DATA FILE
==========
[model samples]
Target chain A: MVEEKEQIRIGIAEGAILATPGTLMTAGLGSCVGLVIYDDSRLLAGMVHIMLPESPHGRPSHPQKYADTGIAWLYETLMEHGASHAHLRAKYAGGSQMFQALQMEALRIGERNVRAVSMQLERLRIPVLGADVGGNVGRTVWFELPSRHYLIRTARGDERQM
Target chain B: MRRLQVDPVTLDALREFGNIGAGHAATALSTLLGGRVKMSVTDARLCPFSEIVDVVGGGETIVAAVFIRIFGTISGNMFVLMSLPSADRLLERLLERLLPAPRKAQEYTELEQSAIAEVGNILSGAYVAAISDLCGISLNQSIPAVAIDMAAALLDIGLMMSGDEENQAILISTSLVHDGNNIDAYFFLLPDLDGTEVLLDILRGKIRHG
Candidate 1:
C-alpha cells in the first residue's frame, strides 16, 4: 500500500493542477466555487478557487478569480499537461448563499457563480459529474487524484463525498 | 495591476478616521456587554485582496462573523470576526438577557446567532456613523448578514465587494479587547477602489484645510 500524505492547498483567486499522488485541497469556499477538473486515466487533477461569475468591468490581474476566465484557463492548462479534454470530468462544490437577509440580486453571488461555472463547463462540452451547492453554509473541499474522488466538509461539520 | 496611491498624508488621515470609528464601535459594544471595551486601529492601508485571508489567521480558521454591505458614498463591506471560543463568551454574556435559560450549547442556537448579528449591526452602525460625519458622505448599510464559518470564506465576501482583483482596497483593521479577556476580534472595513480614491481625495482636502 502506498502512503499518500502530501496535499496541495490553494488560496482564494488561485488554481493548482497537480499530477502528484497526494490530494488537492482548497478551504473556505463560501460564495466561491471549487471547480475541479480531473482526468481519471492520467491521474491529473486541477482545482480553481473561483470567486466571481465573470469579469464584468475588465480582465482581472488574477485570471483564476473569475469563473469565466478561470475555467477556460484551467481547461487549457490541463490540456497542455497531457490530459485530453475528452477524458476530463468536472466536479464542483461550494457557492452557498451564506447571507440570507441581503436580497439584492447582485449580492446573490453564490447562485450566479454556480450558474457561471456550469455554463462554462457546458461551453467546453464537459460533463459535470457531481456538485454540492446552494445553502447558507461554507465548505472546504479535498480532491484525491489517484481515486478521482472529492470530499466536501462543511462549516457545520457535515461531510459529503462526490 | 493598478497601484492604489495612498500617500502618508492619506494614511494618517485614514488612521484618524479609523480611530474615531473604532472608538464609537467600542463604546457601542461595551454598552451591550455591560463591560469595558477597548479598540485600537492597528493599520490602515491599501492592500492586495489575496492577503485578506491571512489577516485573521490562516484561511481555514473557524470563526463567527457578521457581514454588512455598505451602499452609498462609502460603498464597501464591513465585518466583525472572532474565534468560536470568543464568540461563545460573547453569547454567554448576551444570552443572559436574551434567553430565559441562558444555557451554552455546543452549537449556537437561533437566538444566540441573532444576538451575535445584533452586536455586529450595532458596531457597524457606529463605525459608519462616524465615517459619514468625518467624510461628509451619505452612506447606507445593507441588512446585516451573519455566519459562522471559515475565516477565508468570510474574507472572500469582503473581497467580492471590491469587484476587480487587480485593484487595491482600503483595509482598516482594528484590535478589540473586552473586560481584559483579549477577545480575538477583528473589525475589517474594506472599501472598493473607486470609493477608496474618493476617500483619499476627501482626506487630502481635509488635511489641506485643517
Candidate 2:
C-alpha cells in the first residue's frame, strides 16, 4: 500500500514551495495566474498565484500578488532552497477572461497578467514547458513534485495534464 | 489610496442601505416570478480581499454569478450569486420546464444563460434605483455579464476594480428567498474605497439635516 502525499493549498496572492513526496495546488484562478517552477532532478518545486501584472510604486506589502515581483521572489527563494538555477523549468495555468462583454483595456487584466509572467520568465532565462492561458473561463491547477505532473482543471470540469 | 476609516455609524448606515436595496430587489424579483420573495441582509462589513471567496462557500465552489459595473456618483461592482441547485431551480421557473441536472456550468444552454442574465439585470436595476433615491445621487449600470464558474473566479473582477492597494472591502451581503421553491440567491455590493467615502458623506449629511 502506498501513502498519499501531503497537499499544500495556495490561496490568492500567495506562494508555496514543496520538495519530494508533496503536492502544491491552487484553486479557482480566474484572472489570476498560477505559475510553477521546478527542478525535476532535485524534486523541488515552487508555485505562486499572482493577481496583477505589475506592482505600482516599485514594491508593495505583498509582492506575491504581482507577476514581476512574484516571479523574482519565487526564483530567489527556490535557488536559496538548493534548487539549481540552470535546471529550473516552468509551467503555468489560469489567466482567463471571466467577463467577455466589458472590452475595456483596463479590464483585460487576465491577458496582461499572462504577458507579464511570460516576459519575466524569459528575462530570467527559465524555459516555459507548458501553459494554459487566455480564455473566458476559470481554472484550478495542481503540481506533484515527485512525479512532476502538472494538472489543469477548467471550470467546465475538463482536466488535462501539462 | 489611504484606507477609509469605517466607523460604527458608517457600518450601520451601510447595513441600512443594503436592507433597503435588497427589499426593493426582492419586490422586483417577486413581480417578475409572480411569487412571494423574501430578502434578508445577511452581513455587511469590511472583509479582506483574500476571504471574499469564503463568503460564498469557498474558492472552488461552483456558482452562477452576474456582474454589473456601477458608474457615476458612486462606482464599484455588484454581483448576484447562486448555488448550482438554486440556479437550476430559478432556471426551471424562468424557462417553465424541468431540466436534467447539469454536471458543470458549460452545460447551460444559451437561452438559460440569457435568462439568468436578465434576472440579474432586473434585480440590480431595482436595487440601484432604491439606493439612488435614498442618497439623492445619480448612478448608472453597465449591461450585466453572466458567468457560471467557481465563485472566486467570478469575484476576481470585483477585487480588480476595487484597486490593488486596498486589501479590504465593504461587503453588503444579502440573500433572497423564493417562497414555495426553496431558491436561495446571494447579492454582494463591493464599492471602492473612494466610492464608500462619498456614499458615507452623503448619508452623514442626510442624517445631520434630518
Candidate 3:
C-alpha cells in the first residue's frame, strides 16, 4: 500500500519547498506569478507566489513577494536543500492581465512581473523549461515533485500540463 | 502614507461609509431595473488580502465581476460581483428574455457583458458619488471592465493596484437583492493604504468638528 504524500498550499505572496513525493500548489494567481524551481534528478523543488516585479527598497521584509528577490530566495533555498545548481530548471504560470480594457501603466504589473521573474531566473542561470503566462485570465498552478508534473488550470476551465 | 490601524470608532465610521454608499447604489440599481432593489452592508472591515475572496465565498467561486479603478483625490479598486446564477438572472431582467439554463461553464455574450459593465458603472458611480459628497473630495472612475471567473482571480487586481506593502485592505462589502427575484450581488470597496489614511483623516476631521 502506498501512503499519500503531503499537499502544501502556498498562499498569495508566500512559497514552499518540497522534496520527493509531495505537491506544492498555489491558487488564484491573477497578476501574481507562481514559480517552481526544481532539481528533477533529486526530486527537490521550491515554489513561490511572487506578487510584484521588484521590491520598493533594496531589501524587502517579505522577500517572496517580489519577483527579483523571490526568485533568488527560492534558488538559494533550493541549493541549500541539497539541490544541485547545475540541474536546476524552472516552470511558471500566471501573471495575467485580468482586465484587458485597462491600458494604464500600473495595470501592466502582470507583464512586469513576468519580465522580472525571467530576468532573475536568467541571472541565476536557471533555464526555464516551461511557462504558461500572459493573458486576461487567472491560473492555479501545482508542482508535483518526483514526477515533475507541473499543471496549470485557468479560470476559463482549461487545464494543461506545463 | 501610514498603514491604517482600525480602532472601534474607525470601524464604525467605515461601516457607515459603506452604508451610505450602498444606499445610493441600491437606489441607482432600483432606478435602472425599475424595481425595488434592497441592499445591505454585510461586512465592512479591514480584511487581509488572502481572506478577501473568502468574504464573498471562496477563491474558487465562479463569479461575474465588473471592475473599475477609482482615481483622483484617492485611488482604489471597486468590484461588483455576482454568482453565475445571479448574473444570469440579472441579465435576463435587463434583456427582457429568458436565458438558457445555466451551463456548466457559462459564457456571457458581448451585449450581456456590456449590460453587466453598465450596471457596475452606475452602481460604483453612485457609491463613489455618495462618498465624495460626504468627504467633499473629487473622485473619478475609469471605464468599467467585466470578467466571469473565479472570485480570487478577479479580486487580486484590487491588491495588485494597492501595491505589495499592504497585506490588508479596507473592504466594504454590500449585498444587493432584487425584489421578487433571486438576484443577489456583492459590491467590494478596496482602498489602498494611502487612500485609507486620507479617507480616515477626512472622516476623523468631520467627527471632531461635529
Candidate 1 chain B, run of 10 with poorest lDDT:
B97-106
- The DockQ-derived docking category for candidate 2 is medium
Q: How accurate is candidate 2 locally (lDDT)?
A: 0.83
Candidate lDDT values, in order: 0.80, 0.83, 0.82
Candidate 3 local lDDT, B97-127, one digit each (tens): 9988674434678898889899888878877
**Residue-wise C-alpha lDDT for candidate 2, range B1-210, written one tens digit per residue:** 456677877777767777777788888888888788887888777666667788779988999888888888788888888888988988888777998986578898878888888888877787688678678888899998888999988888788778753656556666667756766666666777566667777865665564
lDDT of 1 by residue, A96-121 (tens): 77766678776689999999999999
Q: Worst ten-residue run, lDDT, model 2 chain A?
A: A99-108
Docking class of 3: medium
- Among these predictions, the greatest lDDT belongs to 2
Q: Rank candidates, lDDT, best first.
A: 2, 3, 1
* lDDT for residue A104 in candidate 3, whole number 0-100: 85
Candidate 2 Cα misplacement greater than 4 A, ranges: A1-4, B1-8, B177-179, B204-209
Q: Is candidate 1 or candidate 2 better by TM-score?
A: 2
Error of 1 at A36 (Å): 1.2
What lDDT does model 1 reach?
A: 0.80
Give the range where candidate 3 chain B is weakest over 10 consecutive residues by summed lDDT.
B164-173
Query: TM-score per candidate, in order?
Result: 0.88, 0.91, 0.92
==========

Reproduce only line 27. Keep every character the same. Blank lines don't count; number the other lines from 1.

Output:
Q: Is candidate 1 or candidate 2 better by TM-score?